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The Unified Collaborative Work Environment

Blog: Process is the Main Thing - Anatoly Belychook

In the previous article we divided the collaborative work continuum into projects, processes, cases, document-oriented workflows and issues.

We also noted that it was made for analysis purposes only; in reality, they are interrelated. As an illustration, the PMBOK (Process Management Body of Knowledge) talks about processes more than about projects; similarly, the big part of BPM CBOK (Business Process Management Common Body of Knowledge) is devoted to processes improvement and process transformation projects.

This interrelation shows itself in the following:

1. Interoperability: one form of collaborative work initiates or calls another.

Examples: a patient’s treatment at the hospital (a case) calls a series of tests and procedures (processes). A project is instantiated by the project initiation process according to PMBOK.

2. Migration: changing the collaborative work classification over time.

Attributing a collaborative work as a project, process or case often is a matter of interpretation. The real world example: a pharmaceutical company considered a new drug development as a project, until one day they came to the idea of a standard project template. Soon after that they realized that this work should be better treated as a process.

Another common example is case-process migration. The popularity of case management is partly due to lower initial implementation and deployment costs in comparison with processes. Therefore, even if the activities flow is fully predictable and may be managed as a process end-to-end, an organization may choose to treat it as a case to save the process analysis, design and automation costs. The case management doesn’t require a process model or diagram – it starts from the given goal and assigning a performer who then defines and completes a series tasks, either by himself or by assigning them to others. After a while best practices can be collected, analyzed and implemented as a process – hence the migration.

3. Unified tasks management: every collaboration decomposes to tasks eventually. The task content remains the same whether it comes from a project, process or case. The “My tasks” portal should contain all tasks assigned to the performer wherever they come from.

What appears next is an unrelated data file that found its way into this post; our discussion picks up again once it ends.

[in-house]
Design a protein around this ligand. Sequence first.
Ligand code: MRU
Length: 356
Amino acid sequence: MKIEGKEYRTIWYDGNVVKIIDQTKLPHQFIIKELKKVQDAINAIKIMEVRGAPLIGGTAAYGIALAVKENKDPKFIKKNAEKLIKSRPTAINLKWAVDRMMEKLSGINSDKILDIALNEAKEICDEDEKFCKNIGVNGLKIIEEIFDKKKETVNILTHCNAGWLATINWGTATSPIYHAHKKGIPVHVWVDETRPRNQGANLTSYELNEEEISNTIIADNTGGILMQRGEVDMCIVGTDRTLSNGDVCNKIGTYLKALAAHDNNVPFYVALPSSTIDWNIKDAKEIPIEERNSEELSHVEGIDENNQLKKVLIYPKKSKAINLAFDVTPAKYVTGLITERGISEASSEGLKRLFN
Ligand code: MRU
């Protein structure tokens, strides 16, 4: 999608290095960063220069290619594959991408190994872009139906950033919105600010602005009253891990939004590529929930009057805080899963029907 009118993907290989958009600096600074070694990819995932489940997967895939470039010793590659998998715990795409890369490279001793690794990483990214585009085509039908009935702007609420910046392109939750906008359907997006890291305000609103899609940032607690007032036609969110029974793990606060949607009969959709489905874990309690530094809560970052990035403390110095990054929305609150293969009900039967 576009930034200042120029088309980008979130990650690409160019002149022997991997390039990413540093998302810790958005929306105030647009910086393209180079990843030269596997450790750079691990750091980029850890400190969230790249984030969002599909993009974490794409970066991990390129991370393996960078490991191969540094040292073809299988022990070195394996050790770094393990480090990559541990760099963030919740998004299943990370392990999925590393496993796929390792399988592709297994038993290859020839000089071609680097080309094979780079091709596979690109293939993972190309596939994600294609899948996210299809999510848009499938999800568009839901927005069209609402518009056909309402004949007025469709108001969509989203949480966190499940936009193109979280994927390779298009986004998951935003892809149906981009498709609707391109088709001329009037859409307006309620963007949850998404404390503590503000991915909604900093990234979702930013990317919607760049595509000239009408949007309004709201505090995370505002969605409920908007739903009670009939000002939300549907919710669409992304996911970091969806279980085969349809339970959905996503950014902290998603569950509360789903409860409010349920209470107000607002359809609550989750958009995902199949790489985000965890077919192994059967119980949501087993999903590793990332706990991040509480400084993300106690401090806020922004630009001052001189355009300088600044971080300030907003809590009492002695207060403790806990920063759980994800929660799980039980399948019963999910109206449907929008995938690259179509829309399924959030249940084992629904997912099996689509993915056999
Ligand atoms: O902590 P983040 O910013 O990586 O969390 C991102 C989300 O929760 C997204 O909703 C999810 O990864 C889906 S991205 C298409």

4. Unified resources management: tasks coming from various collaboration channels usually require the same resources, i.e. people. A manager responsible for the efficient resources utilization should have the whole picture: what processes, cases and/or projects a particular employee participates in.

Software Supporting Collaborative Work

Let’s consider the existing software categories and their collaboration features and capabilities.

  1. Email. Probably the most common collaboration tool. It doesn’t provide reuse, predictability, accountability, cannot deal with structured data, yet it’s universally available and hence popular.
  2. File sharing. May come in various forms: network drives, internet services like Dropbox or Google Docs etc. Collaboration may still rely on email, it just becomes more “civilized”: large files are not sent by email, so there are less duplication and usually some version control.
  3. Enterprise Content Management (ECM). It perfectly fits the main purpose: managing the document life cycle. It has many advantages compared to file sharing: access control, versioning, indexing and fast search, scanning and content transformation, multi-level backup. The processes functionality is generally less advanced than that of BPMS, yet some products (e.g. EMC Documentum, Alfresco Activty) offer combined ECM and BPMS functionality.
  4. Issue/Problem Trackers. Originally appeared as bug (software defects) trackers and eventually evolved to the tools managing all aspects of software development: bugs, feature requests, builds, releases, etc. A typical tracker controls tasks assignation, duration, priorities. Users are able to comment an issue, attach images and files. The best products are fully configurable and may well be used to track issues of any kind from any industry, not just IT. Sometimes trackers are used to manage processes however these capabilities are usually limited by setting a simple attribute “State”.
  5. Adaptive Case Management (ACM). This category of software is still in its childhood hence it is sometimes difficult to separate the functionality really available from the hype. Yet it’s possible to name the common features: task lists (checklists) created dynamically by users, structured and unstructured content, business rules. Advanced functionality includes the ability to save a case as a template to help processing next instances.
  6. Project Management Software. It manages the list of tasks and dependencies (sequences), supports scheduling, resource planning and costing. Advanced functionality includes critical path calculation and project management portfolio planning within given resources constraints. The project content is typically unstructured: text documents, links to web pages.